Now to the main event: I had heard the great Martha Argerich only once before, in a spectacular duo recital of Debussy with Daniel Barenboim at Easter this year. The instantly engaging presence of this incredible artist was mixed with a unique humanity. She was clearly at ease at the side of her old friend Barenboim, so how would the (rumoured) very strong personality of Martha Argerich harmonise with Barenboim’s musical son, Lahav Shani?
Shani is a calculating, analytical musician, whereas Argerich is simply calm personified. She has played Prokofiev 3 for decades and recorded it more times than I care to count. There are few world-famous pianists whose success is so linked with this piece than that of Martha Argerich. Despite taking the stage with a slight cold (some sniffs and huffs between movements), Argerich’s finger movements and her command of the piece are singular. Few interpreters have such intimate views of their pieces and roles and Argerich shows she is at home she is in the world of Prokofiev. Her tempi are astoundingly fast, indeed sometimes too fast for Shani and the orchestra. But despite these slight hitches in rhythmical coordination between soloist and orchestra, all musicians manage to paint an impressive picture of a concerto which was literally written by the composer to impress, to get attention.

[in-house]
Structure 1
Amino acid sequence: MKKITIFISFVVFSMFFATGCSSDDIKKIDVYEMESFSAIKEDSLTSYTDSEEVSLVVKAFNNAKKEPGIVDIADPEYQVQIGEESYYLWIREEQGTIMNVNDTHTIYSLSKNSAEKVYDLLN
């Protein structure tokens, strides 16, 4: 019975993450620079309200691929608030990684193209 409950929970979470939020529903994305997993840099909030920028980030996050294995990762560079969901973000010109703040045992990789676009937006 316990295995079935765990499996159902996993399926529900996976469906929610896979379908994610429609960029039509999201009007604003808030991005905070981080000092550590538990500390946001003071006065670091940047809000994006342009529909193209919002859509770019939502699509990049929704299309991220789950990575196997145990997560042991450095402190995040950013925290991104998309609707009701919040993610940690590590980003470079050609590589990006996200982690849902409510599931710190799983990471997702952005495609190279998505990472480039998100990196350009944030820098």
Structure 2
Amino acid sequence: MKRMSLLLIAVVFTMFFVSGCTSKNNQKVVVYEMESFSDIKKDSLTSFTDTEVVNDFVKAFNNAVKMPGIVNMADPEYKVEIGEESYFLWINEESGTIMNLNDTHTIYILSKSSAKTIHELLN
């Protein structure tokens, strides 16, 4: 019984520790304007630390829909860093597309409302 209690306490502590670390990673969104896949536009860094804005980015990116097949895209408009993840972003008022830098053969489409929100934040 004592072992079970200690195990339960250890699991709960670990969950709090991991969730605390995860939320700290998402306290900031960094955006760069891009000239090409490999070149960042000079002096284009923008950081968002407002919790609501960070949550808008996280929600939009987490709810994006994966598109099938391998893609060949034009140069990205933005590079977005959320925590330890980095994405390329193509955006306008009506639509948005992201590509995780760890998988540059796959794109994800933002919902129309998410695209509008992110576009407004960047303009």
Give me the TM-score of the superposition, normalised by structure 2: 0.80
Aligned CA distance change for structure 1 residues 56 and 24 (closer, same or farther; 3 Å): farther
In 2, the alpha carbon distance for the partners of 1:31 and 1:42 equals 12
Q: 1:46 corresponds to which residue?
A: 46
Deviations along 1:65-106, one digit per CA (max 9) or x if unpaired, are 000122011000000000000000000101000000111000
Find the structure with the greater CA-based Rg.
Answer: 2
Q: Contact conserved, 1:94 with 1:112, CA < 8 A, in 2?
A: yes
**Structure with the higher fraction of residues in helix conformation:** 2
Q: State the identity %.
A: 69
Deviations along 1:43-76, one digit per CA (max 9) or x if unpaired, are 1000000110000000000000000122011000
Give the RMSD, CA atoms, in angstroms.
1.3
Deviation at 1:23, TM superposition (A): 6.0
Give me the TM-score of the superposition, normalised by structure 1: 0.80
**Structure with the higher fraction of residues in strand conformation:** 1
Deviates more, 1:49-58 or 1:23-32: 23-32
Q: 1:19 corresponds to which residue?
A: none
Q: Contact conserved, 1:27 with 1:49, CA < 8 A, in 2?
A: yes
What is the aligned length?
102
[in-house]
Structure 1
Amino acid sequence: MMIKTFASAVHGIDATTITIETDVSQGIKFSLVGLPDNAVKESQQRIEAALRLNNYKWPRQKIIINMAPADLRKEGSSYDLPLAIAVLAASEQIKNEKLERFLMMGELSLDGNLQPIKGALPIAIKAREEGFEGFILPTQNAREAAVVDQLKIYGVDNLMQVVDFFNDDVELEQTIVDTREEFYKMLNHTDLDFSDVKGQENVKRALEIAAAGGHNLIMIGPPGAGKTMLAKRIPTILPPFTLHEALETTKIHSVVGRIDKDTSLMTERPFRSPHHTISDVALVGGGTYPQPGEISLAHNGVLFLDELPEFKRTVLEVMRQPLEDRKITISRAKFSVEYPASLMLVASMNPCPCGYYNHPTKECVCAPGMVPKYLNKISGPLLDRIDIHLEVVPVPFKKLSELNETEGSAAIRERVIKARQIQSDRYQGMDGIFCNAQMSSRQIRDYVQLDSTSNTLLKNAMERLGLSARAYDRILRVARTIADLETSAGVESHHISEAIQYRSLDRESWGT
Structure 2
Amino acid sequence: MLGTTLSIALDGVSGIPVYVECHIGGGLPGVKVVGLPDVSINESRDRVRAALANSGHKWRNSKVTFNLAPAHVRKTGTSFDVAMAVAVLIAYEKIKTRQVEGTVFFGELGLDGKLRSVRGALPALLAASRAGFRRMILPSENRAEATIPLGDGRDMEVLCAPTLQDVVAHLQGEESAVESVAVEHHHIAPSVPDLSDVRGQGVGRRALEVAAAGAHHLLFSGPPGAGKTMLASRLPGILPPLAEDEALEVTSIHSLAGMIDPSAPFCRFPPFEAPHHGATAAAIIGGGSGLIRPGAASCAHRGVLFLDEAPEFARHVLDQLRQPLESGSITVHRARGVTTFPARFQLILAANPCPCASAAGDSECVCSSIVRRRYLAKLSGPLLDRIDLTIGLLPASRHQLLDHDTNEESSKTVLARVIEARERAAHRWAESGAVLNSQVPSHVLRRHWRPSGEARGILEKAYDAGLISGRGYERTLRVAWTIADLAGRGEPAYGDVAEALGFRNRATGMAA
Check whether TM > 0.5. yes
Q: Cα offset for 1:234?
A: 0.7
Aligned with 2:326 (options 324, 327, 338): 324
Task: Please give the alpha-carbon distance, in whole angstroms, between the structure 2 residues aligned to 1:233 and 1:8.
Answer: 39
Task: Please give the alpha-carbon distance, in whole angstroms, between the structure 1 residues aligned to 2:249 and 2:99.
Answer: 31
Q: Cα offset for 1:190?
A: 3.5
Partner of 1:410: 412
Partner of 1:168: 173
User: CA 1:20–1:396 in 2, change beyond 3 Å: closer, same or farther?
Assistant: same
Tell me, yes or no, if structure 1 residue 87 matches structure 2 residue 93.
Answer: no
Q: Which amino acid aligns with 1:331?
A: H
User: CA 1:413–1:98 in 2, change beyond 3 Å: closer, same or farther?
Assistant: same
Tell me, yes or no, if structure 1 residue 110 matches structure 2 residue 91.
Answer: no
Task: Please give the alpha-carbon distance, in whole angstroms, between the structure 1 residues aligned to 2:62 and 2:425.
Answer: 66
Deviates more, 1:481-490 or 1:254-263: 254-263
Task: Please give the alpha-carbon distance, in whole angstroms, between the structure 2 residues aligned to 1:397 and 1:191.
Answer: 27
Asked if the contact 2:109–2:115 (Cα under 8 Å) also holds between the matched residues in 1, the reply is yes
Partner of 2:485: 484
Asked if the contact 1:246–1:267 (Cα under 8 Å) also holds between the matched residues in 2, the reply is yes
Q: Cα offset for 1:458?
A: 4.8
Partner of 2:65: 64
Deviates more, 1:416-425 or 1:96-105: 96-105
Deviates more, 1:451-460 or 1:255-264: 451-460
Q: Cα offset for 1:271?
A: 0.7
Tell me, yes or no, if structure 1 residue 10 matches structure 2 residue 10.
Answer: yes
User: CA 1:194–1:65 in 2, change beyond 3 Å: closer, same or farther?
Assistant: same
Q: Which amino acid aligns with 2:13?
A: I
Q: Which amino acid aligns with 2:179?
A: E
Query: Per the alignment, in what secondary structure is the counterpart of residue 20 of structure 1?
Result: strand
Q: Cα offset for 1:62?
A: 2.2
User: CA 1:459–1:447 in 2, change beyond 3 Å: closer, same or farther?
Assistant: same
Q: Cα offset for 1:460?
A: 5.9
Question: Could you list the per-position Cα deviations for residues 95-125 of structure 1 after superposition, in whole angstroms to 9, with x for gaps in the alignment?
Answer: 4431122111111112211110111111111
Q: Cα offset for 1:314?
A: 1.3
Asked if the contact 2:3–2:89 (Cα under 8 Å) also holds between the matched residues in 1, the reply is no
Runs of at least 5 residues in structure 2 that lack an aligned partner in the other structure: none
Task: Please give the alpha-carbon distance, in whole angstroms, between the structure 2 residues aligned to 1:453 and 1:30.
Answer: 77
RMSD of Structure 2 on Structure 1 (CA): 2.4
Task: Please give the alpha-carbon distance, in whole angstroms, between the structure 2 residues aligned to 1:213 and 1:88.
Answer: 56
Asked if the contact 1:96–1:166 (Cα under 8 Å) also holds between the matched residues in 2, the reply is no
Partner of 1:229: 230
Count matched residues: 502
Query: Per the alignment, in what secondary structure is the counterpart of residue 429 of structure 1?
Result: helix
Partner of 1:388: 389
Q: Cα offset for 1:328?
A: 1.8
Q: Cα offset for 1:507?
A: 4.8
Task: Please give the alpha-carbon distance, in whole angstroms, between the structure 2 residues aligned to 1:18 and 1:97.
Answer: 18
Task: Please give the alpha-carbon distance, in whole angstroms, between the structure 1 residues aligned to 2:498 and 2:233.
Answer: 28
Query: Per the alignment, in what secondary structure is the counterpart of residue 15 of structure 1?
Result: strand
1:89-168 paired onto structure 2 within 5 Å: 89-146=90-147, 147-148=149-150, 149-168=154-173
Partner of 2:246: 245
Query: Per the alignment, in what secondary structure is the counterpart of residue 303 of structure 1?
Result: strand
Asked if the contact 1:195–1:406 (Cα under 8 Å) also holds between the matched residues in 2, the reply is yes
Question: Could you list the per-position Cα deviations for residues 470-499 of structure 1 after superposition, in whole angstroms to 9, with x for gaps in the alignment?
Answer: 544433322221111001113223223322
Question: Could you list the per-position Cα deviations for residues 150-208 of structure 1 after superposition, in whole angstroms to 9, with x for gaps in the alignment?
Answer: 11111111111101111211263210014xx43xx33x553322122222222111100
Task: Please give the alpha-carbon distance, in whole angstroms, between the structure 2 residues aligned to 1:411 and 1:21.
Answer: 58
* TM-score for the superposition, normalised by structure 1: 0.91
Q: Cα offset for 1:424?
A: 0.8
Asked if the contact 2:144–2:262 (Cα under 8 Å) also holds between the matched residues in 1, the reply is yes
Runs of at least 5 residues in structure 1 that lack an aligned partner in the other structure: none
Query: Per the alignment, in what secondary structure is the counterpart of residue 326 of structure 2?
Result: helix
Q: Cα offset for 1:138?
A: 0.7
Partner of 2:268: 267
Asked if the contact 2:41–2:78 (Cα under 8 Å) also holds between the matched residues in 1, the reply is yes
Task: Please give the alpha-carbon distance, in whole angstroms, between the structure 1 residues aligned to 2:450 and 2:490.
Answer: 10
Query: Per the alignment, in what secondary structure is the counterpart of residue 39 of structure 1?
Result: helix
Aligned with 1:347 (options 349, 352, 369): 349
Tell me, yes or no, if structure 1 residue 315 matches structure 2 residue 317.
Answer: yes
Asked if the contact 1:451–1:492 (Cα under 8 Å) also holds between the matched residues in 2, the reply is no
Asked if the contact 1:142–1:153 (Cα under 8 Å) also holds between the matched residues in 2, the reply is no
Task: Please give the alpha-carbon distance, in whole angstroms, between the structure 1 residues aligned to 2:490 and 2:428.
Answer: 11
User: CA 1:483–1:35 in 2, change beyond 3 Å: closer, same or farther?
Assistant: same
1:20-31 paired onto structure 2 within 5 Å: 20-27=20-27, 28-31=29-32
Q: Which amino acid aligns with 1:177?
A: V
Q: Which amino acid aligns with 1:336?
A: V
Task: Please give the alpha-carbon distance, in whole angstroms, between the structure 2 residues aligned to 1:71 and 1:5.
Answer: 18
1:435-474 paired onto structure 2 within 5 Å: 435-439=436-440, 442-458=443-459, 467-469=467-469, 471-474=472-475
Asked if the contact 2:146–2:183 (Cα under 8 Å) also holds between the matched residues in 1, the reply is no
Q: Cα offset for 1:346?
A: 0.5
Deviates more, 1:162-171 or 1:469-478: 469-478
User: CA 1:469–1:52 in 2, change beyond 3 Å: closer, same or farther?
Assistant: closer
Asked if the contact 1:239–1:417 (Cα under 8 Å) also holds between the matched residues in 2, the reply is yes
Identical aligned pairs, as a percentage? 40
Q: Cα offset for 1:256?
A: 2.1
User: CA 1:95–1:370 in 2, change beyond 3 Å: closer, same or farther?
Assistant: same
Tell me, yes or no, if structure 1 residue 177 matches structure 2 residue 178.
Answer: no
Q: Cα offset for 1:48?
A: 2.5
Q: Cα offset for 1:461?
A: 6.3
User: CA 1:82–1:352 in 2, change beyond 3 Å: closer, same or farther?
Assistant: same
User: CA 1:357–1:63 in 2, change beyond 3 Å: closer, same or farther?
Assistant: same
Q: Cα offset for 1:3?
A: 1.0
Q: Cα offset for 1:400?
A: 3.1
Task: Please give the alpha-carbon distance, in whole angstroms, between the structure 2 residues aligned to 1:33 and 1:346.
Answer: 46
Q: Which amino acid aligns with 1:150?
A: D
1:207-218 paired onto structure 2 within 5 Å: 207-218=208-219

Despite (as Prokofiev intended) all the attention focussing on the soloist, Argerich’s dazzling virtuosity is never reckless, and in this sense she fits nicely with Shani’s analytical touch and transparent handling of the orchestra, which continues also in the piano concerto. Her waterfalls, long jumps over various octaves and bursting chords are never in danger, but always perfectly integrated into the flow of the music. This creates a coherent picture of a commanding, yet never controlled and always celebrating performance, where Argerich never loses the flow of the music, that feeling that all explosions of virtuosity only work when executed with care and command. Argerich’s interpretation is as close to perfection as you will get, and she is accompanied and supported beautifully by the orchestra’s wind section. While the clarinet (again) is rather analytical in the opening solo, Shani builds an architecture that shines in its transparency, with especially the horn section adding unknown spices to an often-heard piece.
When I last heard it with Daniele Gatti conducted the Concertgebouw, and Daniil Trifonov was the soloist, the accent was on repose, impressing through not going for that total virtuosity. Here in Rotterdam in turn were two artists who were completely at home in the music, embracing the modern, transparent beauty of virtuosity to make this an incredible night, with immediate standing ovations. Finally, Argerich and Shani blow the house off De Doelen with three (!) encores which they play together on the piano: Exquisite excerpts from Ravel’s Mother Goose; played with such feeling by Argerich in the high register, than you cannot help but marvel at the sheer skill of this incredible artist. Having her in Rotterdam was a true privilege. Yannik Eisenaecher 22nd December 2018
Yannik Eisenaecher is the publisher of the blog FreshEarsClassics